WASHINGTON, July 31 (Xinhua) -- The U.S. Department of the Treasury announced Wednesday plans for debt sales in the third quarter to keep the level of Treasury security issuance at a record high, at a time when a two-year budget bill is set to be enacted and drive federal deficit above 1 trillion U.S. dollars.
The Treasury Department said in a statement that is offering 84 billion dollars of Treasury securities to refund approximately 57.3 billion dollars of privately-held Treasury notes and bonds maturing on Aug. 15, 2019.
The sum includes a three-year note in the amount of 38 billion dollars maturing Aug. 15, 2022, a 10-year note in the amount of 27 billion dollars maturing Aug. 15, 2029, and a 50-year bond in the amount of 19 billion dollars maturing Aug. 15, 2049, the department said.
The three-year note will be auctioned Aug. 6, 2019, and sales of the 10-year note and the 50-year note will start Aug. 7 and Aug. 8, respectively, the department said, adding that all of these auctions will settle on Aug. 15.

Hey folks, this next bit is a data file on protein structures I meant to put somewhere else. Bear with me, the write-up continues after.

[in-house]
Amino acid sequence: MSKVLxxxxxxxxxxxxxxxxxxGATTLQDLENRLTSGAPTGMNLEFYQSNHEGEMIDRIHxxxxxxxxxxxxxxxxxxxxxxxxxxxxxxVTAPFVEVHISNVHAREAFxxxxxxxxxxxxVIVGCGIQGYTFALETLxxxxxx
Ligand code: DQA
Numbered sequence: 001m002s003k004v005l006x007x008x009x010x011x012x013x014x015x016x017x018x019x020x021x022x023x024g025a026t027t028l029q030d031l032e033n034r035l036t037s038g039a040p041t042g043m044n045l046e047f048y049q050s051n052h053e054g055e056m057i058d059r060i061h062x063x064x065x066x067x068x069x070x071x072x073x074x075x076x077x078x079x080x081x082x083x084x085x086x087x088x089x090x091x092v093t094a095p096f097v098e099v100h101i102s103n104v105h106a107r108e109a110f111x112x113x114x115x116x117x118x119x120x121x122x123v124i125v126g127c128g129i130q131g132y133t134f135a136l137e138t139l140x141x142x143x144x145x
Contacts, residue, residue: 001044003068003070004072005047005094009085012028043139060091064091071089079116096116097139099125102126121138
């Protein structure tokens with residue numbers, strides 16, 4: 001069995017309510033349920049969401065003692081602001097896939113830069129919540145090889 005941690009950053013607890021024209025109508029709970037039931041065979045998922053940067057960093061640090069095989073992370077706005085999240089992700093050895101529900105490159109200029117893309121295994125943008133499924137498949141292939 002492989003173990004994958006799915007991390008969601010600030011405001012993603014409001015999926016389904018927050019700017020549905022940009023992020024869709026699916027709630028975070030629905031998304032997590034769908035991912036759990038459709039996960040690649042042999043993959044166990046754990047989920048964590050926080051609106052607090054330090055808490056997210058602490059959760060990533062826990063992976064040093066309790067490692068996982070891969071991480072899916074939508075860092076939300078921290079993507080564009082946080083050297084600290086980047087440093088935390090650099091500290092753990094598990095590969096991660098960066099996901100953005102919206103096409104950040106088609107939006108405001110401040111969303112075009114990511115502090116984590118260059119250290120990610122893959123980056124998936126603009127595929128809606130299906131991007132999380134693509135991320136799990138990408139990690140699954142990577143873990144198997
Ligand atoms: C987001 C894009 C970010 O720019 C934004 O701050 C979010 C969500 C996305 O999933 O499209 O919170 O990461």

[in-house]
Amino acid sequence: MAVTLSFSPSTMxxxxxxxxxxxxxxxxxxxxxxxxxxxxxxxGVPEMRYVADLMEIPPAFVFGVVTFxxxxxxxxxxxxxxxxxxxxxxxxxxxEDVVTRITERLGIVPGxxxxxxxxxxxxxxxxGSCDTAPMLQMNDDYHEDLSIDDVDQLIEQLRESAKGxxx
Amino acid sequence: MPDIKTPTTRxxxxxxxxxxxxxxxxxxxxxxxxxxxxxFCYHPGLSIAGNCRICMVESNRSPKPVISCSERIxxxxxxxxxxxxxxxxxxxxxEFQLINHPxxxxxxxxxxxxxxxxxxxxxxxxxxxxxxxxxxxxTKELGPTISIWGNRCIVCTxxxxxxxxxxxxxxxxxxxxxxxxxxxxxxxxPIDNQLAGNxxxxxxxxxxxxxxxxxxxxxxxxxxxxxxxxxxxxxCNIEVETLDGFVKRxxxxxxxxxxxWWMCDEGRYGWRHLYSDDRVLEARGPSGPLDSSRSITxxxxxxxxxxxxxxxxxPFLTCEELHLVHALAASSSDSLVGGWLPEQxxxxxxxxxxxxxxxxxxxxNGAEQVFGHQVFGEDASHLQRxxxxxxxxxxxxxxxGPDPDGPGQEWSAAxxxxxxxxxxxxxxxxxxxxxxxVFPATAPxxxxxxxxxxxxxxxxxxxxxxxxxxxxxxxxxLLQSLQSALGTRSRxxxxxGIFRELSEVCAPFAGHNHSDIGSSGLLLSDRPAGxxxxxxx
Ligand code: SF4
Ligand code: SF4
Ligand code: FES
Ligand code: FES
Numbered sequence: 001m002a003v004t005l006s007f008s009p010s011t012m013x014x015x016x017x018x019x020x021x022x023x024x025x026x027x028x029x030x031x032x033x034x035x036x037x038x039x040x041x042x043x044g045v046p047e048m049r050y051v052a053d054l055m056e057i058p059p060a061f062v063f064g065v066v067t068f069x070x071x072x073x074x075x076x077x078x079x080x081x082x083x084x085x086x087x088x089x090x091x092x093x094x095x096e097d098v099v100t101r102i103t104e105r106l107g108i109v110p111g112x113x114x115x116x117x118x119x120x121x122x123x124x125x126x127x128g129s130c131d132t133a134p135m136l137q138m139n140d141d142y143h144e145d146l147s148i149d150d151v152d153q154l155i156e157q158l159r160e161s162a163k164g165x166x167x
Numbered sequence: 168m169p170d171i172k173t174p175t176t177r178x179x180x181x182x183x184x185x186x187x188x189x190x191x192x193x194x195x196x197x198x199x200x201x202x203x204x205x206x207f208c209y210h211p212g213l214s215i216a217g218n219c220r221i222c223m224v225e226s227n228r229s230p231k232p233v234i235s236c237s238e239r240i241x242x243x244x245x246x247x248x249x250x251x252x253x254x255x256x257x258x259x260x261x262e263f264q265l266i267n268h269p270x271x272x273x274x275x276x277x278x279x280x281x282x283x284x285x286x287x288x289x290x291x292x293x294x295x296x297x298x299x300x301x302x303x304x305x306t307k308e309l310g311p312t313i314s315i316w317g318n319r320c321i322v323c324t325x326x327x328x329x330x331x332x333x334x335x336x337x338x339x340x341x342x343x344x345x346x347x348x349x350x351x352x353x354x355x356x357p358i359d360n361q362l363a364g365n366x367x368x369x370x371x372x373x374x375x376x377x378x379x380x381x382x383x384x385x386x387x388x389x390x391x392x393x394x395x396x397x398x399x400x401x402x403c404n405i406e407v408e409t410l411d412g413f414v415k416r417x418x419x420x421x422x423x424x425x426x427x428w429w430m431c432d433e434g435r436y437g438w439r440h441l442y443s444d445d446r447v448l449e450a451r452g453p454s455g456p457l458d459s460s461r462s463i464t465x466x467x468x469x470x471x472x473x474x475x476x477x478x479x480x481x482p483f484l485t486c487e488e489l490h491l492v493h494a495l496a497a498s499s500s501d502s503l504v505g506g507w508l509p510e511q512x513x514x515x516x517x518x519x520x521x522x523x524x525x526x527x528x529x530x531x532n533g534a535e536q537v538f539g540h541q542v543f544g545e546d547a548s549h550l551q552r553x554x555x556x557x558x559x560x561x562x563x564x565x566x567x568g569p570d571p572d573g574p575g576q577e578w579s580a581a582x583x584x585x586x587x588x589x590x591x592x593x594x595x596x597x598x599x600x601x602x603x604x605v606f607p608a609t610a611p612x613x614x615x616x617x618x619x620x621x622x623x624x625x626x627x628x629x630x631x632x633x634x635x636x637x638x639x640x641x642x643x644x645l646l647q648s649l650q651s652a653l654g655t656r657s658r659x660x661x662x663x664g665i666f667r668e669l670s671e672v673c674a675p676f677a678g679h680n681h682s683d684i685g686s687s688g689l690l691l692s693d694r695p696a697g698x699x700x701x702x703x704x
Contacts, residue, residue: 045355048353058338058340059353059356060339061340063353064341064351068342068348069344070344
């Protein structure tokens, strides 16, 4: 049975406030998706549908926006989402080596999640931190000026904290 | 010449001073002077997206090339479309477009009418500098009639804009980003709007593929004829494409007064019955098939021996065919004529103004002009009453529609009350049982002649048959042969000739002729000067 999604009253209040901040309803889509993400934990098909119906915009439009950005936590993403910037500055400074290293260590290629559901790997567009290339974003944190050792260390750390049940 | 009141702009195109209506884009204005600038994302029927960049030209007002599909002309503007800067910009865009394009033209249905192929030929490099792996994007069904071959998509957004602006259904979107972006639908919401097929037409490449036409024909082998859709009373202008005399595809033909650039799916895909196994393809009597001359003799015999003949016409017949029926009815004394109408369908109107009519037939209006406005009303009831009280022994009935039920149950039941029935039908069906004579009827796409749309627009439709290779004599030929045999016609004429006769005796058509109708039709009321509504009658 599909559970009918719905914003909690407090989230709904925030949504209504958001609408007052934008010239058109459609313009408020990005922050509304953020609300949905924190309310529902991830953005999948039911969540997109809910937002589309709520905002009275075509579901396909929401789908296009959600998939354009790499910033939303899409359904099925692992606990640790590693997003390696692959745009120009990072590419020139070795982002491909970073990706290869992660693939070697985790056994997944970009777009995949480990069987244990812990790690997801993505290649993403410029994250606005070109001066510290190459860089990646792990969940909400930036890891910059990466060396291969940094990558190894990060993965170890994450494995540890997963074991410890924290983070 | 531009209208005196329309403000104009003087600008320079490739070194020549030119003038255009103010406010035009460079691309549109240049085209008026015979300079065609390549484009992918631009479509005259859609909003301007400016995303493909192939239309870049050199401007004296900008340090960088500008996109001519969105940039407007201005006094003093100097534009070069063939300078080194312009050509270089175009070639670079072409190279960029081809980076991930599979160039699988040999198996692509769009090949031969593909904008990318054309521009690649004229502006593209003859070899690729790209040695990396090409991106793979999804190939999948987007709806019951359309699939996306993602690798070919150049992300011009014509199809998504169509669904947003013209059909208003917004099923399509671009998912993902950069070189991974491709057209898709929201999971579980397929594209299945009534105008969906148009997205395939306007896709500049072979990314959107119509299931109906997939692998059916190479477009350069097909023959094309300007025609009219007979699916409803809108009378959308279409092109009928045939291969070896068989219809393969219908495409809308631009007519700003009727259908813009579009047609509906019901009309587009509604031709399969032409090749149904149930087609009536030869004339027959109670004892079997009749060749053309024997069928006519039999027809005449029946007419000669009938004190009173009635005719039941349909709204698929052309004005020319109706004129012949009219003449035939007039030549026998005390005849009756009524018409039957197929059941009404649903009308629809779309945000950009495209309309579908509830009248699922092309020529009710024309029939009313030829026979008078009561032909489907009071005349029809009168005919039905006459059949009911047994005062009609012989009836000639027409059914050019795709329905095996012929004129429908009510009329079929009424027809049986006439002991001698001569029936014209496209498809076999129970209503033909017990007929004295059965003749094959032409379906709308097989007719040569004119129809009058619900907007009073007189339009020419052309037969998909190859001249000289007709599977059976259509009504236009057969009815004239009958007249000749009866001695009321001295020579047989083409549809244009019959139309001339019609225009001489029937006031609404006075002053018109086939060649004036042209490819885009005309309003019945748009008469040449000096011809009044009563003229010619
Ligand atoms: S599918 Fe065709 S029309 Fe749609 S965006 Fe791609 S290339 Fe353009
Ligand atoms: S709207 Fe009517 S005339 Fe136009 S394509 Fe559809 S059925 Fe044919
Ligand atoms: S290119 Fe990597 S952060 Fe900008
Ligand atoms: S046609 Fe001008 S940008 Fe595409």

This issuance will raise new cash of approximately 26.7 billion dollars, the department said.
In a statement issued Monday, the department announced that it expects to borrow 433 billion dollars in privately-held net marketable debt between July and September, 274 billion dollars higher than it announced in April. With that amount of additional borrowing, the department assumed that its cash balance will be around 350 billion dollars by the end of September.
The department also announced in Wednesday's statement details of increasing the issuance of Treasury Inflation-Protected Securities, which it said is consistent with prior guidance. As for nominal coupon and Floating Rate Note, the department said it "currently anticipates no further changes in issuance sizes" for the remainder of 2019 calendar year.
The announcement came against the backdrop of the House last week passing the Bipartisan Budget Act of 2019, a budget plan for fiscal years 2020 and 2021 that will suspend the federal debt ceiling for two years and, in the meantime, increase government spending by about 320 billion dollars above existing budget caps.
The budget bill, endorsed by President Donald Trump and expected to pass in the Senate, will see the budget cap for discretionary spending rise to 1.37 trillion dollars in 2020 and 1.375 trillion dollars in 2021. It is also pushing the annual federal debt deficit to above 1 trillion dollars.
The budget deficit was 779 billion dollars on Sept. 50, 2018, the end of fiscal year 2018. The Treasury Department estimated a 1.1-trillion-dollar deficit for full fiscal year 2019.